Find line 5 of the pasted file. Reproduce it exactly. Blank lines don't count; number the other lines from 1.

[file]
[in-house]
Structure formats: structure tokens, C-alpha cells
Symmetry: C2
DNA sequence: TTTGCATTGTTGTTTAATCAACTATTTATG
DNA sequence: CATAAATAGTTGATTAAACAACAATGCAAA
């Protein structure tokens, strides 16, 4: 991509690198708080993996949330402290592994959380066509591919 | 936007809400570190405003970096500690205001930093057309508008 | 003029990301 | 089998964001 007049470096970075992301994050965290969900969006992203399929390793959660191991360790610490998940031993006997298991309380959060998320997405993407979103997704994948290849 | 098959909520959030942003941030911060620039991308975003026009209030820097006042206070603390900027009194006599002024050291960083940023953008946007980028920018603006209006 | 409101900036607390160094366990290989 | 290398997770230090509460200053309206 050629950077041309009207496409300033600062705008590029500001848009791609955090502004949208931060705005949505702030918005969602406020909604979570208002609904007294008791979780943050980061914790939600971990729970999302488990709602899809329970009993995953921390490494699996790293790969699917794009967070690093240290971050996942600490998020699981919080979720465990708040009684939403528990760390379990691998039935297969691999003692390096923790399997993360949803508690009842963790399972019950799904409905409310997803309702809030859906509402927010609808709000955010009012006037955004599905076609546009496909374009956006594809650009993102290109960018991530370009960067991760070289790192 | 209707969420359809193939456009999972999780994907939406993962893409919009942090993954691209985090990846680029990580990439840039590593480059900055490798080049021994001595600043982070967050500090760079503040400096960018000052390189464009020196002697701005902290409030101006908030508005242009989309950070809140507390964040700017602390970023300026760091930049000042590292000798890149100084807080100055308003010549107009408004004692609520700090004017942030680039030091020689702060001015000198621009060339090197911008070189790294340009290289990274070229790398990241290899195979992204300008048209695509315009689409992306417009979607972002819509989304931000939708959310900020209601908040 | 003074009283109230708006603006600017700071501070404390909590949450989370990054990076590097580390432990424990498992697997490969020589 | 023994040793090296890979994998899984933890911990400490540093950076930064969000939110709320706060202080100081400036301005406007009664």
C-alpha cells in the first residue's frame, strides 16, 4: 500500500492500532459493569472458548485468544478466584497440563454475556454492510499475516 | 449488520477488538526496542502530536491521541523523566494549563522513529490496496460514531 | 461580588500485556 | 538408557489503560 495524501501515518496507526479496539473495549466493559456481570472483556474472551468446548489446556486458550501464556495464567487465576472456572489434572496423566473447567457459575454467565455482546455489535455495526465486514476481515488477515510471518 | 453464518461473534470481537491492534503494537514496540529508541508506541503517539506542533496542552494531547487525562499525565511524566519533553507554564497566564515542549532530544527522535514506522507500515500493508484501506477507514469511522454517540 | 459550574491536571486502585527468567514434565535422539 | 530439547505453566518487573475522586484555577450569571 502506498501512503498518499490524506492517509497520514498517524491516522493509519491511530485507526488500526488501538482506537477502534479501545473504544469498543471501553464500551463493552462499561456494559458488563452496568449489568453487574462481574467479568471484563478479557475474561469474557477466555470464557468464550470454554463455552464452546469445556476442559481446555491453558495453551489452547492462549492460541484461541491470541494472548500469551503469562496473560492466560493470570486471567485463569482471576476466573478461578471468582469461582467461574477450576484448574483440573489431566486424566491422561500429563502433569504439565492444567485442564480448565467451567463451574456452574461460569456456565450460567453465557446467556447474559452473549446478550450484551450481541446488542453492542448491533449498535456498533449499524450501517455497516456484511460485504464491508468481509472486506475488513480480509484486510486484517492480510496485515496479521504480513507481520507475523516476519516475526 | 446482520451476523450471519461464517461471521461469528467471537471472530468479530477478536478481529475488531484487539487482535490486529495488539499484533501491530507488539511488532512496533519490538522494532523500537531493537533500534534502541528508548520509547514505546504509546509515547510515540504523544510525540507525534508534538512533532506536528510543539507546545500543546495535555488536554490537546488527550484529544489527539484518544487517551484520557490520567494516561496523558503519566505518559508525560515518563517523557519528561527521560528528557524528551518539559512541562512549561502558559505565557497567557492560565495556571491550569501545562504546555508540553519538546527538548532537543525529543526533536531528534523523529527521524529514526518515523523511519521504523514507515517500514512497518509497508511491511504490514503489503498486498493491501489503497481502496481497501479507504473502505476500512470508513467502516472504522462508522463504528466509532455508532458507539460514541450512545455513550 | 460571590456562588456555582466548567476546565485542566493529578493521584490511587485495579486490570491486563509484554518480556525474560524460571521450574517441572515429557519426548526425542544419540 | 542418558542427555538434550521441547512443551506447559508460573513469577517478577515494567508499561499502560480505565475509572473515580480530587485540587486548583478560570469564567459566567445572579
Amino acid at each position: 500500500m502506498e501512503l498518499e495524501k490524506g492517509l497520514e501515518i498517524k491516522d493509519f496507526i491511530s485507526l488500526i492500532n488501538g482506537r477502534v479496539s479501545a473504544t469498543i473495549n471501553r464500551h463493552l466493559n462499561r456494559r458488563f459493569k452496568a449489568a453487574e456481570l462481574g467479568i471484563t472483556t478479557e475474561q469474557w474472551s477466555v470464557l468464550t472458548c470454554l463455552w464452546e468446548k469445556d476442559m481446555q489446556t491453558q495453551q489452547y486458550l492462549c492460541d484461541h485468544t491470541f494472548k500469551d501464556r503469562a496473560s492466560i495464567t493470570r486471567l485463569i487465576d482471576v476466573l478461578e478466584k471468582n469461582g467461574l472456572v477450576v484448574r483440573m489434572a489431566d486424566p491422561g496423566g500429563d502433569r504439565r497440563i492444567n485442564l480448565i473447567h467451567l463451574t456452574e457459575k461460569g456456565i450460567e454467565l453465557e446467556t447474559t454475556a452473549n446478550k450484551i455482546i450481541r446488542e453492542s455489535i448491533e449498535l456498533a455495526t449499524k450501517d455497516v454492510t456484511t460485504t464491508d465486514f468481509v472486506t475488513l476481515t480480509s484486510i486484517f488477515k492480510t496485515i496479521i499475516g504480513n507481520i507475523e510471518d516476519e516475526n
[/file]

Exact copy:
DNA sequence: CATAAATAGTTGATTAAACAACAATGCAAA